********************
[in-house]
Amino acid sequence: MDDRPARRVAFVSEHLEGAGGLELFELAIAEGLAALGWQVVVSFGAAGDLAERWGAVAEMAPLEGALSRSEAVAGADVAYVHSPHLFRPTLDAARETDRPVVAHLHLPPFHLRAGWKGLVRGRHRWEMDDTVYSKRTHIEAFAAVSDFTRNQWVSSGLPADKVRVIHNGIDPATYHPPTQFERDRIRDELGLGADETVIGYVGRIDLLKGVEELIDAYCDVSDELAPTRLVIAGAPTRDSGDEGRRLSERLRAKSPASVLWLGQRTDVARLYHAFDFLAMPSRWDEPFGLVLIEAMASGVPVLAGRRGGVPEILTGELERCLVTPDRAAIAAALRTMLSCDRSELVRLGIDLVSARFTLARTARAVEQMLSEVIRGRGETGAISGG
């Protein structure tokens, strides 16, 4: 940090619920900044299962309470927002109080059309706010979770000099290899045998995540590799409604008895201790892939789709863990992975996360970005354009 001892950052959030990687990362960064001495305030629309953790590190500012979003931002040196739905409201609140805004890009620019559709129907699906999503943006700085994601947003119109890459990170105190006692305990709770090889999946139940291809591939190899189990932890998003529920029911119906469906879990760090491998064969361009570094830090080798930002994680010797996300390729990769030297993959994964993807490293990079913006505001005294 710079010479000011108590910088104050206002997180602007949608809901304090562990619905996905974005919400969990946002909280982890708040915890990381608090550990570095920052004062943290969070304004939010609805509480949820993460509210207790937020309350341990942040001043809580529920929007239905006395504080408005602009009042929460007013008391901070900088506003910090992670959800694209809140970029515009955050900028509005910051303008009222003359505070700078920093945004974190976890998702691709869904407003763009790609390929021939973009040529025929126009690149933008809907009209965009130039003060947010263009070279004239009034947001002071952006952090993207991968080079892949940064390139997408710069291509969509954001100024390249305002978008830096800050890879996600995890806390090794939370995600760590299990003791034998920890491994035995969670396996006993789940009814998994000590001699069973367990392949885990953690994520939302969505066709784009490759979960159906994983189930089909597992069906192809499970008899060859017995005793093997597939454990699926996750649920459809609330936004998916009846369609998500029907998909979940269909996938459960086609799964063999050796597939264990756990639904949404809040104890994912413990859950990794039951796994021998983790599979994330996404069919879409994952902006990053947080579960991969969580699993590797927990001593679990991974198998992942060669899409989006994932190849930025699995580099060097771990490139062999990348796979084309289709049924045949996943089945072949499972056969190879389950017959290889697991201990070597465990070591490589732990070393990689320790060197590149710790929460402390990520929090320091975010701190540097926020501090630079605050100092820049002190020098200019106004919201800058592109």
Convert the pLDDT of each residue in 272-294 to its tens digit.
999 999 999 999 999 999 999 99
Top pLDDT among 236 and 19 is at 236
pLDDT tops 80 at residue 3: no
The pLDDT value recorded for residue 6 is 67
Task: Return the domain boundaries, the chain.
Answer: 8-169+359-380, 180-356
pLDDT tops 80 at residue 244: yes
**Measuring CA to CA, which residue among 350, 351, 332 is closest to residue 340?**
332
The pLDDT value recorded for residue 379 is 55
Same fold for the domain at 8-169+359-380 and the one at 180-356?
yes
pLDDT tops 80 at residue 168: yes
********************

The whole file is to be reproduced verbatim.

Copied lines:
[in-house]
Amino acid sequence: MDDRPARRVAFVSEHLEGAGGLELFELAIAEGLAALGWQVVVSFGAAGDLAERWGAVAEMAPLEGALSRSEAVAGADVAYVHSPHLFRPTLDAARETDRPVVAHLHLPPFHLRAGWKGLVRGRHRWEMDDTVYSKRTHIEAFAAVSDFTRNQWVSSGLPADKVRVIHNGIDPATYHPPTQFERDRIRDELGLGADETVIGYVGRIDLLKGVEELIDAYCDVSDELAPTRLVIAGAPTRDSGDEGRRLSERLRAKSPASVLWLGQRTDVARLYHAFDFLAMPSRWDEPFGLVLIEAMASGVPVLAGRRGGVPEILTGELERCLVTPDRAAIAAALRTMLSCDRSELVRLGIDLVSARFTLARTARAVEQMLSEVIRGRGETGAISGG
């Protein structure tokens, strides 16, 4: 940090619920900044299962309470927002109080059309706010979770000099290899045998995540590799409604008895201790892939789709863990992975996360970005354009 001892950052959030990687990362960064001495305030629309953790590190500012979003931002040196739905409201609140805004890009620019559709129907699906999503943006700085994601947003119109890459990170105190006692305990709770090889999946139940291809591939190899189990932890998003529920029911119906469906879990760090491998064969361009570094830090080798930002994680010797996300390729990769030297993959994964993807490293990079913006505001005294 710079010479000011108590910088104050206002997180602007949608809901304090562990619905996905974005919400969990946002909280982890708040915890990381608090550990570095920052004062943290969070304004939010609805509480949820993460509210207790937020309350341990942040001043809580529920929007239905006395504080408005602009009042929460007013008391901070900088506003910090992670959800694209809140970029515009955050900028509005910051303008009222003359505070700078920093945004974190976890998702691709869904407003763009790609390929021939973009040529025929126009690149933008809907009209965009130039003060947010263009070279004239009034947001002071952006952090993207991968080079892949940064390139997408710069291509969509954001100024390249305002978008830096800050890879996600995890806390090794939370995600760590299990003791034998920890491994035995969670396996006993789940009814998994000590001699069973367990392949885990953690994520939302969505066709784009490759979960159906994983189930089909597992069906192809499970008899060859017995005793093997597939454990699926996750649920459809609330936004998916009846369609998500029907998909979940269909996938459960086609799964063999050796597939264990756990639904949404809040104890994912413990859950990794039951796994021998983790599979994330996404069919879409994952902006990053947080579960991969969580699993590797927990001593679990991974198998992942060669899409989006994932190849930025699995580099060097771990490139062999990348796979084309289709049924045949996943089945072949499972056969190879389950017959290889697991201990070597465990070591490589732990070393990689320790060197590149710790929460402390990520929090320091975010701190540097926020501090630079605050100092820049002190020098200019106004919201800058592109």
Convert the pLDDT of each residue in 272-294 to its tens digit.
999 999 999 999 999 999 999 99
Top pLDDT among 236 and 19 is at 236
pLDDT tops 80 at residue 3: no
The pLDDT value recorded for residue 6 is 67
Task: Return the domain boundaries, the chain.
Answer: 8-169+359-380, 180-356
pLDDT tops 80 at residue 244: yes
**Measuring CA to CA, which residue among 350, 351, 332 is closest to residue 340?**
332
The pLDDT value recorded for residue 379 is 55
Same fold for the domain at 8-169+359-380 and the one at 180-356?
yes
pLDDT tops 80 at residue 168: yes